• “I would say comfortably speaking for both Martin and I, we had and have a real interest in figuring out a way to provide a difference as it relates to the driver, as well,” Whan said. “To date, we didn’t really come up with something that wouldn’t have a much more negative effect on the recreational game. What we did on the golf ball is going to have much more of an impact at [the elite] level than at the average level. When we started talking about changes in the driver or driving equipment, it was just the opposite. Much more significant impact across the board than just at the elite level.”
Full piece.

5. Last chance for Olympic spots

Nick Zaccardi for NBC Sports…”The U.S. Open is also a scramble for the last Olympic men’s golf spots in Paris.”

  • “After Sunday’s final round, the 60-player Olympic men’s field will be determined based on the Official World Golf Ranking (OWGR). The women’s field will be drawn from the Rolex Rankings after the KPMG Women’s PGA Championship next week.
  • “A nation can qualify up to four golfers per gender if they are all ranked in the top 15 in the world. A nation can qualify up to two golfers if any are ranked outside the top 15.
Full Piece.

6. Nelly’s proudest moment of 2024

Beth Ann Nichols for Golfweek…”Nelly Korda, a six-time winner on tour this season, says she was never more proud of herself this season than the U.S. Women’s Open. That might sound strange, given that she made a 10 on a par 3 and didn’t play the weekend.”

  • “But Korda is wise enough to see past the score.
  • “I’m not going to say that I was happy with the way I played,” she said. “I was happy with the way I fought. I fought really, really, hard to make the cut.”
Full Piece.

7. Bettors loving Scheffler

Doug Greenberg for ESPN…”The central betting story going into the U.S. Open is the same as it was before the Masters and the PGA Championship: Scottie Scheffler is an overwhelming favorite and is seeing some of the shortest odds for a major since prime Tiger Woods.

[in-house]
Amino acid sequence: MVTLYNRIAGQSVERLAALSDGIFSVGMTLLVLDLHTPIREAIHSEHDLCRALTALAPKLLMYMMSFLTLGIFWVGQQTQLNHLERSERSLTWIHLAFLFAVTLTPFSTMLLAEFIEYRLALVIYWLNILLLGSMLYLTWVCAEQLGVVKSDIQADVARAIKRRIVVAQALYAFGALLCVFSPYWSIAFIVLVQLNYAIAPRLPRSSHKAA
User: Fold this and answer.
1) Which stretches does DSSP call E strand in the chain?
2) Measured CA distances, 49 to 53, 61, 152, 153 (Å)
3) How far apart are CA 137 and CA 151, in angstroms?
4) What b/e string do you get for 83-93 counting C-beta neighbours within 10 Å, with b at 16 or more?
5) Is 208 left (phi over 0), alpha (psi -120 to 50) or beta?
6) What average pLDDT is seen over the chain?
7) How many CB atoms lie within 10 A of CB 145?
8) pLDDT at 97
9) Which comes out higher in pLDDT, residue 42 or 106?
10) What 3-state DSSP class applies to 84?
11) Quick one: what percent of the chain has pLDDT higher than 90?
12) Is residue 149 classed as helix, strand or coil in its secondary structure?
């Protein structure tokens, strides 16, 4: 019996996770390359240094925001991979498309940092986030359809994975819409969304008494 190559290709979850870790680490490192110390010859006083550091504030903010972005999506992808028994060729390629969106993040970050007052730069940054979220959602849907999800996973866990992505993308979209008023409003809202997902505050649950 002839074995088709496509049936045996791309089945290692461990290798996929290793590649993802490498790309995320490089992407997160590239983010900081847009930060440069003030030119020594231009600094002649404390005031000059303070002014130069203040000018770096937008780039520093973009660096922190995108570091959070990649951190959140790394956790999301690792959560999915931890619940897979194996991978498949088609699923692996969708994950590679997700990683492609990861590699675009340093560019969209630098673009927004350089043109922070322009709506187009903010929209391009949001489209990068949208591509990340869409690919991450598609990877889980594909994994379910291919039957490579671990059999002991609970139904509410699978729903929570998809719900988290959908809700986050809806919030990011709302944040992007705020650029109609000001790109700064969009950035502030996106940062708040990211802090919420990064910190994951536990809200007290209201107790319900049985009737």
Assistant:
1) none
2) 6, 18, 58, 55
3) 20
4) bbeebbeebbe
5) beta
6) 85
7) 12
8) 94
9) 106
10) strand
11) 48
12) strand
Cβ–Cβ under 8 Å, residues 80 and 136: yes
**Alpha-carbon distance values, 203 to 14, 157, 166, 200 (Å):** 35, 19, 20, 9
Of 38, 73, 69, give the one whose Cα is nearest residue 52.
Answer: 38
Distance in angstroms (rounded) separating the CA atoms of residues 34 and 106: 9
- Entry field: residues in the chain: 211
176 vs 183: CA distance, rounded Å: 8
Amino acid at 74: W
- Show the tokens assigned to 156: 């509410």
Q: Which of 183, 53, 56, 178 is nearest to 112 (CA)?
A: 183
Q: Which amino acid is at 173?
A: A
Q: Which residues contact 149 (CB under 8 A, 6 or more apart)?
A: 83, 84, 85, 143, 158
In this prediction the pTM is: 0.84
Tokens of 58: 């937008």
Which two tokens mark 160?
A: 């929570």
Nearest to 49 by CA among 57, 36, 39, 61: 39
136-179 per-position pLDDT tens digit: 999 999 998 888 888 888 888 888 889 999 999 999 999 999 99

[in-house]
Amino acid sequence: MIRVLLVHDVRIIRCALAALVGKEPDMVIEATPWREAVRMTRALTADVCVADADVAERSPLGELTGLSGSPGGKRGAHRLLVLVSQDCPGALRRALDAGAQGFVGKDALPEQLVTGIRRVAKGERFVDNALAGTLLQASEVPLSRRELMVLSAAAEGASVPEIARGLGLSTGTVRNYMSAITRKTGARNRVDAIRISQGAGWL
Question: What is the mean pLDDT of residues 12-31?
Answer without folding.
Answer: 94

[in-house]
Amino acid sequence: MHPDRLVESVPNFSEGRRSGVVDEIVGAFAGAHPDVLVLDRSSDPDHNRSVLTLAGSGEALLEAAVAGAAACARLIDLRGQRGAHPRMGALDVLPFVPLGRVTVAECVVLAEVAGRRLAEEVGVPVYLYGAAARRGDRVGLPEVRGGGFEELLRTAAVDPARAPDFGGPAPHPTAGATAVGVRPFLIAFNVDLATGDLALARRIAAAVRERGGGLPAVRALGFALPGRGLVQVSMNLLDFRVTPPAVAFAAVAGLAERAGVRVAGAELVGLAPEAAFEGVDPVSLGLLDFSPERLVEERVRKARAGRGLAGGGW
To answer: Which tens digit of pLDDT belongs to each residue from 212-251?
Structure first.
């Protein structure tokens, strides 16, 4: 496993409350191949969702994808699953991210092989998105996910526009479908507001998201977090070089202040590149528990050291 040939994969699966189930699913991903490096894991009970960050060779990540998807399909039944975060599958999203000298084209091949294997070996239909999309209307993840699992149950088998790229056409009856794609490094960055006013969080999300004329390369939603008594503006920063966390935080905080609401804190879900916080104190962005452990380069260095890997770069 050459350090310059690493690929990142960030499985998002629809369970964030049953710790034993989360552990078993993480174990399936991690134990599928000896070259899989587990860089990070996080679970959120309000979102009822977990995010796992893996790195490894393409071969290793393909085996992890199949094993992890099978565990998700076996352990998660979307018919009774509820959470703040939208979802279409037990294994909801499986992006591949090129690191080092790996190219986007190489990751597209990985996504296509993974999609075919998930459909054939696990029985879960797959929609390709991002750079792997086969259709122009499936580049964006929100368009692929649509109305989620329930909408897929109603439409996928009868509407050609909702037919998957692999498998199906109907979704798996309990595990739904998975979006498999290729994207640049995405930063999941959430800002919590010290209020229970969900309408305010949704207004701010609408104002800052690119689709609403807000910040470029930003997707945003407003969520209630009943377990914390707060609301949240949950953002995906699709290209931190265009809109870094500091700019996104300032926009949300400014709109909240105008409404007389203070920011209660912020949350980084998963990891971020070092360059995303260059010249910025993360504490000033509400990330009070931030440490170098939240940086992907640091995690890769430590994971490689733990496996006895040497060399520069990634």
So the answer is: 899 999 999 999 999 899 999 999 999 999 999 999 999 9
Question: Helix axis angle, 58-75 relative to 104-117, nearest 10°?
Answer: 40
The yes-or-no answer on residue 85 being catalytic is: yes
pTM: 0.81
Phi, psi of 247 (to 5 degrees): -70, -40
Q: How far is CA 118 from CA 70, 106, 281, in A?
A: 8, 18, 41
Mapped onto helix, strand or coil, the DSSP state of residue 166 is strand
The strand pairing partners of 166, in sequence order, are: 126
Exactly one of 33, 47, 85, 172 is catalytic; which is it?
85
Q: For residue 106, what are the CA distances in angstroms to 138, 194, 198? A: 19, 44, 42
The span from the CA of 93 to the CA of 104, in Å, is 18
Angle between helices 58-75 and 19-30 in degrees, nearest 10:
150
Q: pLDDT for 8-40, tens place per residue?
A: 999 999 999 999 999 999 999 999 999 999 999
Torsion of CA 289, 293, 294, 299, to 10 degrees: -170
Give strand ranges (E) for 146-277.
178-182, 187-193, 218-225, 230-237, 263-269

• “The 27-year-old opened the week at +300 at ESPN BET and has been bet down to +290; across the marketplace, he’s as short as +250. It’s the shortest odds for any golfer to win the U.S. Open since Woods in 2007 (+250).”
  • “Despite the extremely short odds, Scheffler is still attracting a very healthy number of tickets and even more handle.”
Full Piece.

8. PGA Tour-PIF announcement next week?

9. U.S. Open photos

  • Check out all of our galleries from this week’s major event!
Full Piece.
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Equipment

Spotted: Phil Mickelson testing Callaway’s mini driver

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There is some serious equipment testing going on at Pinehurst’s legendary No. 2 course before the 2024 U.S. Open starts! We spotted renowned club tinkerer Phil Mickelson on the range with a new setup. He was testing out the new Callaway Paradym Ai Smoke Ti 340 Mini Driver with a new Mitsubishi Diamana BB (Blue Board) shaft.

Phil has long been a mini driver/2-wood/strong 3-wood guy, as he was the inspiration for the Callaway “Phranken Wood” about 10 years ago. For many pros, adding a strong 3-wood or mini driver allows them to turn it over easier and add a more consistent draw to their bag off the tee without losing too much distance.

Mitsubishi’s Diamana BB is the newest mid-launch shaft in the Diamana line. The “BB” on the shaft of course references the iconic Blue Board shafts from 20 years ago and this model will have a similar smooth feel.

 

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Tour Photo Galleries

Photos from the 2024 U.S. Open

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GolfWRX is live this week from the third major of the season: the U.S. Open at historic Pinehurst No. 2.

Qualifier WITBs are the stars the the show so far — along with in-hand looks at what Tiger Woods and Bryson DeChambeau are playing.

Check back throughout the week as we continue to add more galleries.  

General Albums

WITB Albums

Pullout Albums

See what GolfWRXers are saying about the photos from the U.S. Open in the forums.